Be Aware Of False Teachers
Paul says in Philippians 3:2: “Watch out for ‘dogs,’ watch out for evil workers, watch out for those who mutilate the flesh. For we are the circumcision, the ones who worship by the Spirit of God, boast in Christ Jesus, and do not put confidence in the flesh.”
Paul is telling us here to watch out for false teachers, to consider the false teaching we heard from them, and to beware of it. At that time, these false teachers were also known as Judaizers; they were legalists. We can read about them all through the New Testament. They would always try to take parts of Judaism, combine it with Christianity, and make that the route to get to heaven. They would tell people that to go to God they needed to have a Jewish circumcision, follow some Jewish laws, and combine them with faith in Christ. However, what Paul is saying is, “No. Salvation is by faith in Christ alone.”
Why would Paul call them dogs? For the Jewish people, that was an expression of contempt for the unclean—those outside the people of God, the Gentiles, the “dogs.” Paul reverses the phrase and calls the Judaizers dogs. When he talks about those who mutilate the flesh, he means circumcision. When he says in Philippians 3:3, “For we are the circumcision,” he means that God has cut away the sin of our heart. That is the true circumcision—a spiritual one, not a fleshly one.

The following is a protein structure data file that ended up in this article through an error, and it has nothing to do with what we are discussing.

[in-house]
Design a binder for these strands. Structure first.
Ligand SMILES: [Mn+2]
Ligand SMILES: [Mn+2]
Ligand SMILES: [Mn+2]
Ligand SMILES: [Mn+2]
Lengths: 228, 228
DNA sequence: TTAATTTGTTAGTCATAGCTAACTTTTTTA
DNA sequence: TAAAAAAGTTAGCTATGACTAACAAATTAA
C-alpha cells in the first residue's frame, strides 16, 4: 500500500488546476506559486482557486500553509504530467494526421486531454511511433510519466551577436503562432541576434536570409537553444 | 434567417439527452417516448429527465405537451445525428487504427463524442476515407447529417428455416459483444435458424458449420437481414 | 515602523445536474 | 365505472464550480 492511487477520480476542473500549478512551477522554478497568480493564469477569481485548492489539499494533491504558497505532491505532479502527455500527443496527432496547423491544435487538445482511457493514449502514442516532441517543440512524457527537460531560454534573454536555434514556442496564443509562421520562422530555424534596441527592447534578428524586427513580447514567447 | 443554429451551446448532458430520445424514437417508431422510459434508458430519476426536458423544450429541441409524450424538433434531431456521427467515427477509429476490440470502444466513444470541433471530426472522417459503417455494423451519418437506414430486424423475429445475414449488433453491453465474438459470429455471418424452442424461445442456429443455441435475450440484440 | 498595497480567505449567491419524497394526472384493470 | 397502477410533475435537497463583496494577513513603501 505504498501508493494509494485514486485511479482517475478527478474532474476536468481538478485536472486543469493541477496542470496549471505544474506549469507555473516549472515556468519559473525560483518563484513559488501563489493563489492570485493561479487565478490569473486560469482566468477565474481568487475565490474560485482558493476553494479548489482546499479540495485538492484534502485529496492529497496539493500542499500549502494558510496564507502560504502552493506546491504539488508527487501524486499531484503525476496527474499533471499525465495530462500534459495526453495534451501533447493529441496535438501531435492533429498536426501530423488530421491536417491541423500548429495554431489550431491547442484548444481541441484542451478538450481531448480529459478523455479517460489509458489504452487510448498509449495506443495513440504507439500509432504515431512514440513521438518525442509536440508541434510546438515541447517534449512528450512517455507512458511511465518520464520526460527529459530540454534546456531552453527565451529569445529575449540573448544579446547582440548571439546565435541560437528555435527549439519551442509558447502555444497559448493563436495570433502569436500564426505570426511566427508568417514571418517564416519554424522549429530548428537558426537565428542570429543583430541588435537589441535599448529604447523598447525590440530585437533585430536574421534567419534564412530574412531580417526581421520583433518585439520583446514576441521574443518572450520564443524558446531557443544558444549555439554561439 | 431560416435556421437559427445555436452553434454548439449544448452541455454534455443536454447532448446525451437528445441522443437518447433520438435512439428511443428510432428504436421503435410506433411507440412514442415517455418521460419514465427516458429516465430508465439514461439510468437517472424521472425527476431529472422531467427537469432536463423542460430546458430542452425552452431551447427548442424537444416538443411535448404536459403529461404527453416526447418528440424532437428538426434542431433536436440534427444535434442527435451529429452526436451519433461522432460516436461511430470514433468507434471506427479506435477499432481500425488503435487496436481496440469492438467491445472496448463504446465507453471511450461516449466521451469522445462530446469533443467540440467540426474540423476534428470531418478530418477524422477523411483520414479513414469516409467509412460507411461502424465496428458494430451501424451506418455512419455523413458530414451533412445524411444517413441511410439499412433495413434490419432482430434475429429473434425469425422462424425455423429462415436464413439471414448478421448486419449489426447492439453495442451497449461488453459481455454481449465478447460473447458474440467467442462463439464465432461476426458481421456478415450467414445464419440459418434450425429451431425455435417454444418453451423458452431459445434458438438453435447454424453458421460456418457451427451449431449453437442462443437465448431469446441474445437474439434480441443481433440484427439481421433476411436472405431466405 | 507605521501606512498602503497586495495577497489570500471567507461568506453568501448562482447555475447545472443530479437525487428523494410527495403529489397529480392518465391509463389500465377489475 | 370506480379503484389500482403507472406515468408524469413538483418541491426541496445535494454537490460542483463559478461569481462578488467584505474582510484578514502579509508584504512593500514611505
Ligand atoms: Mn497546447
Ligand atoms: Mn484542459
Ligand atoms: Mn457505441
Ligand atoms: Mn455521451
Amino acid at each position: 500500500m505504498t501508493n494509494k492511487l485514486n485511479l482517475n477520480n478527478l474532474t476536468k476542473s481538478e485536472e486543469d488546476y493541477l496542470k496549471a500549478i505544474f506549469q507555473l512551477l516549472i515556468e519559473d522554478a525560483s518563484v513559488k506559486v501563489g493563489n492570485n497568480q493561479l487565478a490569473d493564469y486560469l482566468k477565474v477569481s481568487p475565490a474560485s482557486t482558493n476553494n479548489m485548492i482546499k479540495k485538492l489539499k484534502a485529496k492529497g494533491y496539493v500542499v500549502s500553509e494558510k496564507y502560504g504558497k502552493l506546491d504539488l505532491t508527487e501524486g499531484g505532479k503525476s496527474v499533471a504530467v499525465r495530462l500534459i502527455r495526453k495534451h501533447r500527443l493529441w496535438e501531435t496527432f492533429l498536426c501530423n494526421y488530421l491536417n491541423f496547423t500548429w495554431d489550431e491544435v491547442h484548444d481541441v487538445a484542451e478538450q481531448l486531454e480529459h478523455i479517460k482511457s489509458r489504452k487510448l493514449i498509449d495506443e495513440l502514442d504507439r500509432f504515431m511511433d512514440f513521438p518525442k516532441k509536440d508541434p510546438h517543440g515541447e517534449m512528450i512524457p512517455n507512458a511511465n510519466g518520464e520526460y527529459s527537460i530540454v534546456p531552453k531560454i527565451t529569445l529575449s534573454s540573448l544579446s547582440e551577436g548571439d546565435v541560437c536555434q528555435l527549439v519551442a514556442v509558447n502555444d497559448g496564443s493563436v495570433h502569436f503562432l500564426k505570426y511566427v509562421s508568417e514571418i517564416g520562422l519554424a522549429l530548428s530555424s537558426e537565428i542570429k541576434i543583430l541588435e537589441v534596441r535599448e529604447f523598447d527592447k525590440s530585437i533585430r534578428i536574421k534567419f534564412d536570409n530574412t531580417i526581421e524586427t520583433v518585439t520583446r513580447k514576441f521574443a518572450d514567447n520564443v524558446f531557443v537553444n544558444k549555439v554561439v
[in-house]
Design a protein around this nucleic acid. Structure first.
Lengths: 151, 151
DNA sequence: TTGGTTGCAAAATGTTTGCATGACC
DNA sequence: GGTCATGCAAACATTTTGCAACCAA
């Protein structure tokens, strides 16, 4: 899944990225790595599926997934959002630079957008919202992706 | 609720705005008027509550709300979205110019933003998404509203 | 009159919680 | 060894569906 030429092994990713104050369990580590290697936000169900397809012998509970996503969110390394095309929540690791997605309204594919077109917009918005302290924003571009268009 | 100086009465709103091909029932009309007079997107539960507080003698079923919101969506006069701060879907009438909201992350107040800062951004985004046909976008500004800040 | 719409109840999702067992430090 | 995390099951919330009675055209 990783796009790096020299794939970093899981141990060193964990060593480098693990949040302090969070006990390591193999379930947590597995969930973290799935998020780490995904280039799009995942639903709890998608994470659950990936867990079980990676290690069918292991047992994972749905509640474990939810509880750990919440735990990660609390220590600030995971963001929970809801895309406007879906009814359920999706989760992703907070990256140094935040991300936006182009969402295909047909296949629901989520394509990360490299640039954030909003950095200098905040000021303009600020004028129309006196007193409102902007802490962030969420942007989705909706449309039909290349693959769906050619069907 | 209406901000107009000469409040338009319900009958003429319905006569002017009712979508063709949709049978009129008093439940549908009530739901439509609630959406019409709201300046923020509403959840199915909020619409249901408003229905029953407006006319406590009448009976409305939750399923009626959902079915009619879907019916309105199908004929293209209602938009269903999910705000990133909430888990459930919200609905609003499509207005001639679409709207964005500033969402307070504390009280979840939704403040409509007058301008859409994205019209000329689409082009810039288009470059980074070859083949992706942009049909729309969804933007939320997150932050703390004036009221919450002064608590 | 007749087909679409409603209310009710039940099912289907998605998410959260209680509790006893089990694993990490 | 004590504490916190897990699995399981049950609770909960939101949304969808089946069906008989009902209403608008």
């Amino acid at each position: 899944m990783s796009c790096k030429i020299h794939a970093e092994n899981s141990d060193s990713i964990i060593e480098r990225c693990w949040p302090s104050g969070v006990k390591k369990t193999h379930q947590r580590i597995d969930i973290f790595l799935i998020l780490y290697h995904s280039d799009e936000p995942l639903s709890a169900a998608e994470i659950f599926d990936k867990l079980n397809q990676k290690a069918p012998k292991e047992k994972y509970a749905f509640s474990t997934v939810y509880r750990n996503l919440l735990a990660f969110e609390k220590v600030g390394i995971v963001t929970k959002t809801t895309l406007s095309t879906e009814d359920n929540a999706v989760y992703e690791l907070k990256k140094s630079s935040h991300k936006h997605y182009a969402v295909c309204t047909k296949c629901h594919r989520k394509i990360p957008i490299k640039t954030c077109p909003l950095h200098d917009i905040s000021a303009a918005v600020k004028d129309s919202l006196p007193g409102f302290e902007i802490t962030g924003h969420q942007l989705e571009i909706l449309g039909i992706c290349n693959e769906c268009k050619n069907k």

Sometimes we make mistakes; that is not false teaching. How can you know if someone is a false teacher? Ask yourself this question: Is the person willing to be corrected? If they are unwilling, and they are teaching falsely—there is your answer. In Acts 18 there was a man named Apollos who came to the city of Ephesus and was teaching about Jesus. But Apollos only knew a little about Him, so a couple named Priscilla and Aquila came to him, took him aside, and explained the way of God to him more accurately. They could only do this because Apollos was a teachable person.
The false teachers in Philippi were combining faith in Christ with Jewish law and did not want to be corrected. False teaching leads to false living. That is why Paul made it so clear that we need to beware of it. False teaching is not just a disagreement on a controversial biblical issue. False teaching is heresy. It is taking away from the Gospel or adding to the Gospel.
False teaching can lead us to believe that we can balance the imbalanced sheet; it can fool us into thinking we can do something to pay the debt Christ paid on our behalf. But it is only through Christ, and Christ alone, that our debt could ever be paid. We only have access to eternal life because of Him.